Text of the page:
Histidine protonation controls structural heterogeneity in the cyanobacteriochrome AnPixJg2

Aditya G. Rao, Christian Wiebeler, Saumik Sen, David S. Cerutti, Igor Schapiro*

*Corresponding author for this work

Research output: Contribution to journalArticlepeer-review

13 Scopus citations

Abstract

Cyanobacteriochromes are compact and spectrally diverse photoreceptor proteins that bind a linear tetrapyrrole as a chromophore. They show photochromicity by having two stable states that can be interconverted by the photoisomerization of the chromophore. These photochemical properties make them an attractive target for biotechnological applications. However, their application is impeded by structural heterogeneity that reduces the yield of the photoconversion. The heterogeneity can originate either from the chromophore structure or the protein environment. Here, we study the origin of the heterogeneity in AnPixJg2, a representative member of the red/green cyanobacteriochrome family, that has a red absorbing parental state and a green absorbing photoproduct state. Using molecular dynamics simulations and umbrella sampling we have identified the protonation state of a conserved histidine residue as a trigger for structural heterogeneity. When the histidine is in a neutral form, the chromophore structure is homogenous, while in a positively charged form, the chromophore is heterogeneous with two different conformations. We have identified a correlation between the protonation of the histidine and the structural heterogeneity of the chromophore by detailed characterization of the interactions in the protein binding site. Our findings reconcile seemingly contradicting spectroscopic studies that attribute the heterogeneity to different sources. Furthermore, we predict that circular dichroism can be used as a diagnostic tool to distinguish different substates.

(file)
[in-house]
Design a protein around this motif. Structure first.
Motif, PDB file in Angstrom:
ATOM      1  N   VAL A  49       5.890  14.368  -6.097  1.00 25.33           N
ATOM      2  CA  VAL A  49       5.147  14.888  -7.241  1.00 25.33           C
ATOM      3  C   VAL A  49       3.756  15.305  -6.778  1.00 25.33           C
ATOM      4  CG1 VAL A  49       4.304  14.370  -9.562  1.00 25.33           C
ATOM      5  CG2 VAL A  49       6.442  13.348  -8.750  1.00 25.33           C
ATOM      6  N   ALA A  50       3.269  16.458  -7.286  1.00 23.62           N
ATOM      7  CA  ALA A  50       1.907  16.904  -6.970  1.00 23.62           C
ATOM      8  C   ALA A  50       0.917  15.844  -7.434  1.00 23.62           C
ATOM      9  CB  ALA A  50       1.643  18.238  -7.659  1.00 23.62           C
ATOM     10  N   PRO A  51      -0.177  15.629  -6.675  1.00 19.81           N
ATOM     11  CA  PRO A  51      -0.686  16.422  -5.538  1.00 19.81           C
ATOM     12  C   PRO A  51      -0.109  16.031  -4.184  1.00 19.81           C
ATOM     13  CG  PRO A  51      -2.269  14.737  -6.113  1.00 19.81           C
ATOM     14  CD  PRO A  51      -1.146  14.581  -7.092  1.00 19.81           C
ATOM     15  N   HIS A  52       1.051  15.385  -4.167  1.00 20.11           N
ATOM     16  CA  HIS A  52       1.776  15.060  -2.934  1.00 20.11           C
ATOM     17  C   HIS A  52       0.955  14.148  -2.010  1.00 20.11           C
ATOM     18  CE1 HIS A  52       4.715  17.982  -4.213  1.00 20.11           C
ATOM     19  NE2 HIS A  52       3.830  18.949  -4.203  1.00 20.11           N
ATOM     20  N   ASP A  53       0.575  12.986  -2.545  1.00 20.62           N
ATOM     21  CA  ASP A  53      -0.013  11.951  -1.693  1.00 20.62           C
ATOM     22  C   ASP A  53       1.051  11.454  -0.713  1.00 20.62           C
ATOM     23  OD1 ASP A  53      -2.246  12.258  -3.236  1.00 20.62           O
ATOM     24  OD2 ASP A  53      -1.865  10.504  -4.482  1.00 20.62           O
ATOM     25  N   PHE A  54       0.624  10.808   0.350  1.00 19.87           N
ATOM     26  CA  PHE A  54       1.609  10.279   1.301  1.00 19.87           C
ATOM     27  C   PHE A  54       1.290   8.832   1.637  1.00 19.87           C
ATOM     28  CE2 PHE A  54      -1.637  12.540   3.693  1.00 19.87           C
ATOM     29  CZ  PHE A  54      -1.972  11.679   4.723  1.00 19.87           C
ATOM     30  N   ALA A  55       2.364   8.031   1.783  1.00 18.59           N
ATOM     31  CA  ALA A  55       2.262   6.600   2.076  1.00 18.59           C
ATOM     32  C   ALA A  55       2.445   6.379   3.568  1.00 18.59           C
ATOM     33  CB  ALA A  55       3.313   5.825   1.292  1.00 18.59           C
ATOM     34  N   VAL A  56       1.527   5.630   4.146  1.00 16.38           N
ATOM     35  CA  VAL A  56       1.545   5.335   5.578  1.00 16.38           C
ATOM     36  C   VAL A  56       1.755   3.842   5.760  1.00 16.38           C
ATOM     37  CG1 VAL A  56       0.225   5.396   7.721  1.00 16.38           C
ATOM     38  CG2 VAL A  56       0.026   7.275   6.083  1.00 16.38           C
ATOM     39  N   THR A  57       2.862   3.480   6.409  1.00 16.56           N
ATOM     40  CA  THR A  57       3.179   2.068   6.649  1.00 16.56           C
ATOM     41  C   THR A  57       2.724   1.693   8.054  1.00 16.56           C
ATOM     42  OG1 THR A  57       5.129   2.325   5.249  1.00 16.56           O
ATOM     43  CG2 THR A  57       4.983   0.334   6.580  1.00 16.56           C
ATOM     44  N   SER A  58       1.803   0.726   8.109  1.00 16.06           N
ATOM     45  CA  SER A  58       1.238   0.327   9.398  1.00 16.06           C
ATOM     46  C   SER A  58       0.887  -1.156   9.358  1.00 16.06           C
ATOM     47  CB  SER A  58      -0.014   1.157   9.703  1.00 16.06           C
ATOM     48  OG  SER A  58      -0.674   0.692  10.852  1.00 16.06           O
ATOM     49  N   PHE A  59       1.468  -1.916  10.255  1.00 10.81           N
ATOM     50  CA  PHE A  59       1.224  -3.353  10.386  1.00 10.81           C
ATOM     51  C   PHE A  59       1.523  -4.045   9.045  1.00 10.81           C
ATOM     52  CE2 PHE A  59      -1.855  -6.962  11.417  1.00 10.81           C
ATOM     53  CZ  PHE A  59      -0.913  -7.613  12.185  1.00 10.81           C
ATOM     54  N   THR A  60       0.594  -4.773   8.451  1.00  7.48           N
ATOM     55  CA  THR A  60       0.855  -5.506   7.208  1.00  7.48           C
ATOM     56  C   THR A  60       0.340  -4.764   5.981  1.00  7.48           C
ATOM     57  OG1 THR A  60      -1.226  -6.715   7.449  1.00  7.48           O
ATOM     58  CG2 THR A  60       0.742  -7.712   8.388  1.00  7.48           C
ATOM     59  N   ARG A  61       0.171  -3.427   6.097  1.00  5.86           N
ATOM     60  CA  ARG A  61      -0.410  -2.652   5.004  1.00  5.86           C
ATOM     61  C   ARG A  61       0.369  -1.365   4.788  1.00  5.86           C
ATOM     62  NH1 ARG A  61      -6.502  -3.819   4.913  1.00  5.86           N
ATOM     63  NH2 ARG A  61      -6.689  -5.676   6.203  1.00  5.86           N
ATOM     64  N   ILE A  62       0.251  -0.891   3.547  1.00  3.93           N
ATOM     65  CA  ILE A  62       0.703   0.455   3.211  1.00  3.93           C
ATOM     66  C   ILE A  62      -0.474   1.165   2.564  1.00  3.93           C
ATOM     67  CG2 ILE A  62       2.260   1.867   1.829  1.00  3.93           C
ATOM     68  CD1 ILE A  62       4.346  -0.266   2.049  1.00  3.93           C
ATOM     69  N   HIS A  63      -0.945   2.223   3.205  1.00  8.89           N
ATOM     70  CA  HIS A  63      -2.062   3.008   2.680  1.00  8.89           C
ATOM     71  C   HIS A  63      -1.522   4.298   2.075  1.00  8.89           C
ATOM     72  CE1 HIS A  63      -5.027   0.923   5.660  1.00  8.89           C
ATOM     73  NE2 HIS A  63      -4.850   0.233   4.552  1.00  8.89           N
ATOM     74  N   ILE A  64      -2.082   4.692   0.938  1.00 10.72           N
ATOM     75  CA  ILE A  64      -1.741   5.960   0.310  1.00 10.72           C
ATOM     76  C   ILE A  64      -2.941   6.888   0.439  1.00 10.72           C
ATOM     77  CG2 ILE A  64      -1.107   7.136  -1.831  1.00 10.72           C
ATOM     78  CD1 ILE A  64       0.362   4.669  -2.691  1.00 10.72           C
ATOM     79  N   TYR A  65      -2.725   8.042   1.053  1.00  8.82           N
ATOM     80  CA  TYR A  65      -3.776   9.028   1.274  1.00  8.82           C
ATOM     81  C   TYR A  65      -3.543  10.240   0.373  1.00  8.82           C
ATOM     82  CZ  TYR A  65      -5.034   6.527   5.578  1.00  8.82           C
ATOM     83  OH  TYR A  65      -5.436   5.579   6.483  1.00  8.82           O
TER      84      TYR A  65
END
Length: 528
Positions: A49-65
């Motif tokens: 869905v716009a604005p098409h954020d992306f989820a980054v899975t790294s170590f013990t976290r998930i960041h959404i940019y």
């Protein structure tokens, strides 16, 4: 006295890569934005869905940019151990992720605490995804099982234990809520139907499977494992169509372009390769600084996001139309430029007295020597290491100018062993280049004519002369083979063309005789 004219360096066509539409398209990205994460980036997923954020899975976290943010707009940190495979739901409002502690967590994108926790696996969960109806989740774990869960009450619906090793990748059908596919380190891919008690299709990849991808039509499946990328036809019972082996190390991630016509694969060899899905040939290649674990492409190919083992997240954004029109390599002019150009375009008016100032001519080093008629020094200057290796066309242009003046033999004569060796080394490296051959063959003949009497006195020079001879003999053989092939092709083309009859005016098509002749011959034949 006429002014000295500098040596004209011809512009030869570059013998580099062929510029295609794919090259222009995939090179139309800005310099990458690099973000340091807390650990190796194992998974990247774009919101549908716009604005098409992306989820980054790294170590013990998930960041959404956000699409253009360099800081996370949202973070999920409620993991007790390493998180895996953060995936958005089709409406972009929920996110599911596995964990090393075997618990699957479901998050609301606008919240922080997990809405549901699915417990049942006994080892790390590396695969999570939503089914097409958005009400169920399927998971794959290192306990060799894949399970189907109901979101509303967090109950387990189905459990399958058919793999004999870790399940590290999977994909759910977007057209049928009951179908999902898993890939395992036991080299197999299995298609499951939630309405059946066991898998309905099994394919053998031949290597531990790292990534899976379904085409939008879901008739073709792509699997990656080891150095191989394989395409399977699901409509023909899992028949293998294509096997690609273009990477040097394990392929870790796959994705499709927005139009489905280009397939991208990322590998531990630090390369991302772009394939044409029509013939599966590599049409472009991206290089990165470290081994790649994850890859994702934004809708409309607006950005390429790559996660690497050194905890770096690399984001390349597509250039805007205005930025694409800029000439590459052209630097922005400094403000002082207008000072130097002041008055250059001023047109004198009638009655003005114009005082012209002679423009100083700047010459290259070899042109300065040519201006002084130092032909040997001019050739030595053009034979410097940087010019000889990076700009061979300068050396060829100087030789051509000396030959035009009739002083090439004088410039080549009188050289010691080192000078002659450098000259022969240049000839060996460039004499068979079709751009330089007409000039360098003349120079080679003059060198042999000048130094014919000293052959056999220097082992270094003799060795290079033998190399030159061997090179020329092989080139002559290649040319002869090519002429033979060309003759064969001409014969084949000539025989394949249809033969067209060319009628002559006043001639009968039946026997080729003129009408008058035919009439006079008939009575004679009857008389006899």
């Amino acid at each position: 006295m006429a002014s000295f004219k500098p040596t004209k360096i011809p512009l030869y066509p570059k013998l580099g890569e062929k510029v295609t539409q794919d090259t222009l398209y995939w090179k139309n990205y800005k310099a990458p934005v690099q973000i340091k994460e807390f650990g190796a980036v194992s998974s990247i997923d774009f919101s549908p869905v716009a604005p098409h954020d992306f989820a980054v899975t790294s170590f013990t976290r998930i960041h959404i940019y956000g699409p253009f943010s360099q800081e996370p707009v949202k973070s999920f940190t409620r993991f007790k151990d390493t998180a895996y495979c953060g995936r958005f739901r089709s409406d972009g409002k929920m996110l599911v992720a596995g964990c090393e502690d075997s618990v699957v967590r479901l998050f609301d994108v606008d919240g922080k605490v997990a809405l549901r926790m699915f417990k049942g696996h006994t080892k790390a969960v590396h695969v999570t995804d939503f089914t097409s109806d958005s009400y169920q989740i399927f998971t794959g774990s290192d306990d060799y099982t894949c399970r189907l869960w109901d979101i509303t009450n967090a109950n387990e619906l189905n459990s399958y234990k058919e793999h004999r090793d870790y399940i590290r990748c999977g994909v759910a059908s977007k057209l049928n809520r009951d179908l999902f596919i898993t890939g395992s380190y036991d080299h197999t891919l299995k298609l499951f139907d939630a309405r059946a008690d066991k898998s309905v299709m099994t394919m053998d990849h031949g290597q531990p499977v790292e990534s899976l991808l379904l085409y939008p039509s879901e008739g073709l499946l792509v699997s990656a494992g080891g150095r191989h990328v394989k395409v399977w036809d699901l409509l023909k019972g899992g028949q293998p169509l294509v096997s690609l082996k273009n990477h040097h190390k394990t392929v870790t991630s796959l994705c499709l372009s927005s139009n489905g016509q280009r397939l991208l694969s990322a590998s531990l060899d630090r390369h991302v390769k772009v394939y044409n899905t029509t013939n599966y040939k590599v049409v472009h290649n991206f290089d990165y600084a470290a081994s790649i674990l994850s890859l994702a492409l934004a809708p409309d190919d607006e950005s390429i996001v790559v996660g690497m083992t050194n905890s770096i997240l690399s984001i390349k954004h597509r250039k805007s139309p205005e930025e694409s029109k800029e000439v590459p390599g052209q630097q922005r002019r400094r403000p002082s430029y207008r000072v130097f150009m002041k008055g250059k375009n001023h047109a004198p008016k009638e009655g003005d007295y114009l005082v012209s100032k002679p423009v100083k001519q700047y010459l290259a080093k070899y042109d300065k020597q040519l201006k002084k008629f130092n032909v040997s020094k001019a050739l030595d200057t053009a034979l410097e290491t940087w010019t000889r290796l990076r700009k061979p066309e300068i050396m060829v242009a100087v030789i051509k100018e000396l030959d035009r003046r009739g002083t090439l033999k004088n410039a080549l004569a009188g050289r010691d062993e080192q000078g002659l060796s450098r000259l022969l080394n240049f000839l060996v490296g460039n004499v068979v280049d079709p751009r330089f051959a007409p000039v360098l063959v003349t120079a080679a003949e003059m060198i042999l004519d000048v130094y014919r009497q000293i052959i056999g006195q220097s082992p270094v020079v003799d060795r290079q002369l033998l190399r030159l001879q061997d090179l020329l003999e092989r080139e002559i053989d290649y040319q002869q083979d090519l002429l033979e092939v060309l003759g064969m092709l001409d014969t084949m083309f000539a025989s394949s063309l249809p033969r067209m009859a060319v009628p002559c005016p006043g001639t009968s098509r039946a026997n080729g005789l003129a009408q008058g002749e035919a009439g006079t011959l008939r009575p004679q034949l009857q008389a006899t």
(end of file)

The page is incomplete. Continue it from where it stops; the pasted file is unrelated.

Original languageAmerican English
Pages (from-to)7359-7367
Number of pages9
JournalPhysical Chemistry Chemical Physics
Volume23
Issue number12
DOIs
StatePublished - 28 Mar 2021

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